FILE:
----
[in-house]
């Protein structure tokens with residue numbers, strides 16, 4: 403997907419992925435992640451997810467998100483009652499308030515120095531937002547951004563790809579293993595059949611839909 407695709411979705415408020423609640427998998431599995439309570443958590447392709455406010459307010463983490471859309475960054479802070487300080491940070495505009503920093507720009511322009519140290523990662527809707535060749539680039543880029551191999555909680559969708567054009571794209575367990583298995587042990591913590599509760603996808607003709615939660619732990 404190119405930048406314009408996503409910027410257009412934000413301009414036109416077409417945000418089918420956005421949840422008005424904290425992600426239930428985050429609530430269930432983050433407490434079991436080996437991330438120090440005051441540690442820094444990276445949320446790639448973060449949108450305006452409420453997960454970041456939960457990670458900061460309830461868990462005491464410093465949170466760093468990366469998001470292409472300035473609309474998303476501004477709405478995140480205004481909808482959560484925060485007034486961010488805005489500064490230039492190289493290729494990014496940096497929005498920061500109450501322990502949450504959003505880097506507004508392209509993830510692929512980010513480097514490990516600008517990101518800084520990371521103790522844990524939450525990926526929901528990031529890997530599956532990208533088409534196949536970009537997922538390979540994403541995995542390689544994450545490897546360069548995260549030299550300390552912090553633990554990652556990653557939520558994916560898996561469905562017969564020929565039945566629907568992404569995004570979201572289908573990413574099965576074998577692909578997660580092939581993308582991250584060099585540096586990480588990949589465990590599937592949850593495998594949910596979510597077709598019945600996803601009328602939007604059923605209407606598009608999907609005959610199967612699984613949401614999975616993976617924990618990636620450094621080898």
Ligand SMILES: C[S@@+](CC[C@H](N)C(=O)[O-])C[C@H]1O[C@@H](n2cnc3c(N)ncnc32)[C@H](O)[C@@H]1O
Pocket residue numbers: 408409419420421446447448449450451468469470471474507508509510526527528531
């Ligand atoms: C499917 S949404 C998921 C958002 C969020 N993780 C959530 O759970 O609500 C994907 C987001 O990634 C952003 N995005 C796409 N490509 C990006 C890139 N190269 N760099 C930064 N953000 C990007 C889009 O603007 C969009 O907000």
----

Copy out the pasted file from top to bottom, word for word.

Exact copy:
[in-house]
């Protein structure tokens with residue numbers, strides 16, 4: 403997907419992925435992640451997810467998100483009652499308030515120095531937002547951004563790809579293993595059949611839909 407695709411979705415408020423609640427998998431599995439309570443958590447392709455406010459307010463983490471859309475960054479802070487300080491940070495505009503920093507720009511322009519140290523990662527809707535060749539680039543880029551191999555909680559969708567054009571794209575367990583298995587042990591913590599509760603996808607003709615939660619732990 404190119405930048406314009408996503409910027410257009412934000413301009414036109416077409417945000418089918420956005421949840422008005424904290425992600426239930428985050429609530430269930432983050433407490434079991436080996437991330438120090440005051441540690442820094444990276445949320446790639448973060449949108450305006452409420453997960454970041456939960457990670458900061460309830461868990462005491464410093465949170466760093468990366469998001470292409472300035473609309474998303476501004477709405478995140480205004481909808482959560484925060485007034486961010488805005489500064490230039492190289493290729494990014496940096497929005498920061500109450501322990502949450504959003505880097506507004508392209509993830510692929512980010513480097514490990516600008517990101518800084520990371521103790522844990524939450525990926526929901528990031529890997530599956532990208533088409534196949536970009537997922538390979540994403541995995542390689544994450545490897546360069548995260549030299550300390552912090553633990554990652556990653557939520558994916560898996561469905562017969564020929565039945566629907568992404569995004570979201572289908573990413574099965576074998577692909578997660580092939581993308582991250584060099585540096586990480588990949589465990590599937592949850593495998594949910596979510597077709598019945600996803601009328602939007604059923605209407606598009608999907609005959610199967612699984613949401614999975616993976617924990618990636620450094621080898």
Ligand SMILES: C[S@@+](CC[C@H](N)C(=O)[O-])C[C@H]1O[C@@H](n2cnc3c(N)ncnc32)[C@H](O)[C@@H]1O
Pocket residue numbers: 408409419420421446447448449450451468469470471474507508509510526527528531
């Ligand atoms: C499917 S949404 C998921 C958002 C969020 N993780 C959530 O759970 O609500 C994907 C987001 O990634 C952003 N995005 C796409 N490509 C990006 C890139 N190269 N760099 C930064 N953000 C990007 C889009 O603007 C969009 O907000």